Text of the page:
On May 26th the United States Supreme Court rejected a challenge by Republicans who questioned the measurement the White House used to calculate the social cost of carbon emissions. Republicans have argued that the metrics used to estimate the real costs of the climate crisis are “speculative”. However, in a one-sentence order, the court rejected the request by Republican-ruled states to prevent federal agencies from using estimates of damage caused by gas emissions.
The amount of value placed on the “social cost of carbon” is relevant because it helps to estimate the damage caused by the impact of CO2 on the climate. The consequences of this damage are intensified and more frequent disasters such as fires, droughts and floods. This metric is also so important because it makes it possible to compare the profits from the extraction of fossil fuels to the costs of, for example, the health service.
When Barack Obama was still in the White House, the damage caused by climate damage was estimated to be $51 for every tonne of carbon dioxide emitted into the atmosphere. Subsequently Donald Trump lowered the amount to $7 or less per tonne of CO2. After taking office in January 2021, Biden reinstated the Obama-era quota, and his officials began work on updating it.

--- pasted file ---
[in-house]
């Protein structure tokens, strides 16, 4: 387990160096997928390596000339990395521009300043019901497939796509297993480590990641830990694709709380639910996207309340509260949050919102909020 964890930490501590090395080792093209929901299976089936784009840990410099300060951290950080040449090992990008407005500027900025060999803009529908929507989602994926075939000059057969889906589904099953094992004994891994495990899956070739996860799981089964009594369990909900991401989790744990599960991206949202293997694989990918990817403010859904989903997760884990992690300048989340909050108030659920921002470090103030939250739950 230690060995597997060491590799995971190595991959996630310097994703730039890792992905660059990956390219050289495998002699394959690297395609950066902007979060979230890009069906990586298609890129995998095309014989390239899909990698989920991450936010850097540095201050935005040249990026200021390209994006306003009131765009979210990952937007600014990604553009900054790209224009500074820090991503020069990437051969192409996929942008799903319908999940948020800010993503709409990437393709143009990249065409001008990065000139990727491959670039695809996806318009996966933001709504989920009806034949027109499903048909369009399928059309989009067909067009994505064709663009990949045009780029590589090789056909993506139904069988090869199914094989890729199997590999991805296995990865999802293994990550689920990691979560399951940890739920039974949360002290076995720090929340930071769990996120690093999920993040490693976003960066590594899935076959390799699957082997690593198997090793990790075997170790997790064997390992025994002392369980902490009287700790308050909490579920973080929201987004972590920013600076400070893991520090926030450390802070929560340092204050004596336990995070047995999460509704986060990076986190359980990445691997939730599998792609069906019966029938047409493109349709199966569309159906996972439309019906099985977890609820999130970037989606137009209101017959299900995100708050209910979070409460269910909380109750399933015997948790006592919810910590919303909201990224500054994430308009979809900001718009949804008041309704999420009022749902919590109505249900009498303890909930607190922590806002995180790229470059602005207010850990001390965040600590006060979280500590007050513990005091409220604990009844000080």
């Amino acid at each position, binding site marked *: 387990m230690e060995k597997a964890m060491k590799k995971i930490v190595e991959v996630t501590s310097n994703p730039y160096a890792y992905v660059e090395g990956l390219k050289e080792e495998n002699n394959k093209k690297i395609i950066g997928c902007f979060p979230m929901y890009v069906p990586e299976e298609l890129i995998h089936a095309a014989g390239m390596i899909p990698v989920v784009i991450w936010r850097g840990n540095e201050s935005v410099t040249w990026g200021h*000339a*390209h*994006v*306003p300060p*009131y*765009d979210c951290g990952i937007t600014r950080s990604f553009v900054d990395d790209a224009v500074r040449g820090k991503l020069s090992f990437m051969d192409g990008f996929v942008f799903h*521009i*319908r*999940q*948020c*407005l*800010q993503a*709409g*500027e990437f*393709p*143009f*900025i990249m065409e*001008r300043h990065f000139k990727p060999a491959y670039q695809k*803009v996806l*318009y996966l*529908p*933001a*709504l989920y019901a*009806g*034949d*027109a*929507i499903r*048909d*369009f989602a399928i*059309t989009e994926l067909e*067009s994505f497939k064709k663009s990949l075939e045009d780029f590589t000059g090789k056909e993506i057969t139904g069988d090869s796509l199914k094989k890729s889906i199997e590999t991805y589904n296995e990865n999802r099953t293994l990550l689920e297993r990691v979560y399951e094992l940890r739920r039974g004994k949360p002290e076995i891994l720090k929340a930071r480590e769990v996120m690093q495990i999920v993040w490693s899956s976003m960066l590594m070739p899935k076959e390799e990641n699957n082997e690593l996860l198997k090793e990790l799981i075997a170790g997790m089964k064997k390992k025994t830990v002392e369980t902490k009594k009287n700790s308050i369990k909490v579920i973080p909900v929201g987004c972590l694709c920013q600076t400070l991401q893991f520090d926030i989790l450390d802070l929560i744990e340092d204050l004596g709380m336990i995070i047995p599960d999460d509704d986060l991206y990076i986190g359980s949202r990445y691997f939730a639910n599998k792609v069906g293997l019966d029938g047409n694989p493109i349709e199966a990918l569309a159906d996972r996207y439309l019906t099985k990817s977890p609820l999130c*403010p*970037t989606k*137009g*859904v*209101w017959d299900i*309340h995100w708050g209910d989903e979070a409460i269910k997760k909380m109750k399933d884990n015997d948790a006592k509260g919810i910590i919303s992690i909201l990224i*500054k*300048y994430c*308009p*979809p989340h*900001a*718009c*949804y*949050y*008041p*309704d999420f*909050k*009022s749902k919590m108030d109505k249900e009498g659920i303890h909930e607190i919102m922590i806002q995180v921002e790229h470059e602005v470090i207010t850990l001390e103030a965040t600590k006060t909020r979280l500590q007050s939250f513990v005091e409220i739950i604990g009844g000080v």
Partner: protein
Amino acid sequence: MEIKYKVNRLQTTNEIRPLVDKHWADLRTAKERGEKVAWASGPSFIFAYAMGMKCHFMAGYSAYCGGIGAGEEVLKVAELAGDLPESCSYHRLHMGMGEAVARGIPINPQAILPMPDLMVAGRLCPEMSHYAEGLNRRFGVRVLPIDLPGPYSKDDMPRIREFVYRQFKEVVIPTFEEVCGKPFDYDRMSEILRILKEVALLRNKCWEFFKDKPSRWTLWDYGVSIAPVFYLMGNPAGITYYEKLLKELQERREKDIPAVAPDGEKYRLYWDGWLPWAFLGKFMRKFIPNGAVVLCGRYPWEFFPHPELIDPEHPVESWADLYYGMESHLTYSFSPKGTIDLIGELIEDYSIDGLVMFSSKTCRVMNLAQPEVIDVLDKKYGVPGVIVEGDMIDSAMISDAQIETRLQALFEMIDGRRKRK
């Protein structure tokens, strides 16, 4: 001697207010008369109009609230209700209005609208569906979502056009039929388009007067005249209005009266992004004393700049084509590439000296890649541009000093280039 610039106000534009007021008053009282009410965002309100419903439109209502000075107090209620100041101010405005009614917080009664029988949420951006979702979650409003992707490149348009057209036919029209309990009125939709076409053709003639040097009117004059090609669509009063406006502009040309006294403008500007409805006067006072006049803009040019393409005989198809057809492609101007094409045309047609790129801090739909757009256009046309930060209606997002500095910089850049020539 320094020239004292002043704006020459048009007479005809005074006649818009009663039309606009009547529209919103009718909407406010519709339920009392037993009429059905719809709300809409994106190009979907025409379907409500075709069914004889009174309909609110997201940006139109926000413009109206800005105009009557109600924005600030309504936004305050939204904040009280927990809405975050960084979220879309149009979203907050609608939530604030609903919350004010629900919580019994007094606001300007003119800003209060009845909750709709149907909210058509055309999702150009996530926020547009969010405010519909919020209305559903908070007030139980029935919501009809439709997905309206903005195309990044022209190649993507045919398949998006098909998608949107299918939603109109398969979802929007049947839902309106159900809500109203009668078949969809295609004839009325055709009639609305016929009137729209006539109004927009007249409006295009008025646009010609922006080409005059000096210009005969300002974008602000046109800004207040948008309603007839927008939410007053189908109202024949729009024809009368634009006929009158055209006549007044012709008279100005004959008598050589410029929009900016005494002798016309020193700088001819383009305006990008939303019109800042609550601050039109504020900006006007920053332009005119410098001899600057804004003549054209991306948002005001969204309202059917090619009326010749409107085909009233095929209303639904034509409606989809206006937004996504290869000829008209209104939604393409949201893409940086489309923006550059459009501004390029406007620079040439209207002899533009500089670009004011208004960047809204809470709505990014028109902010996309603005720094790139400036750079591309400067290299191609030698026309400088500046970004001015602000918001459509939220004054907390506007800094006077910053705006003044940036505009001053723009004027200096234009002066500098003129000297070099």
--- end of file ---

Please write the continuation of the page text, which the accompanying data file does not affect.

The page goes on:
The Republican red states described the White House’s greenhouse gas estimates as “a power grab designed to manipulate America’s entire federal regulatory apparatus through speculative costs and benefits so that the Administration can impose its preferred policy outcomes on every sector of the American economy.”
The lawsuit was heard by Trump’s nominee for the supreme court, judge James D. Cain Jr. He sided with the Republican attorneys general and issued a ban on the “social cost” formula for CO2 emissions. Cain reasoned that using the formula would harm states that based their economies on energy production.
The White House’s response was rapid: it suspended the issuance of drilling permits to rethink how to factor climate costs into permits. The Cain ruling was also appealed. The Fifth Circuit Court of Appeals in New Orleans suspended Cain’s ruling pending the Biden administration’s appeal. The judges’ decision left in place the previous standard of $51 in compensation per ton of carbon dioxide emitted.
,,We are of course very pleased with the Supreme Court’s order,” a spokesperson for the Office of Management and Budget (OMB) said in a statement. “Properly accounting for the harms caused by greenhouse gas emissions is critical to our work to reduce energy costs and protect Americans from the growing impacts of climate change, which is already costing American communities and businesses billions of dollars in mitigation and response.”
Elizabeth Prelogar, solicitor general of the US, commented on the case. She recalled that presidents have been trying for years to develop an appropriate formula for calculating the social cost of greenhouse gas emissions. She added that the claims of the “red states” are premature. However, she pointed out that in the future, if the formula is used in an inappropriate way and causes damage,it will be possible to challenge its use in such a specific case.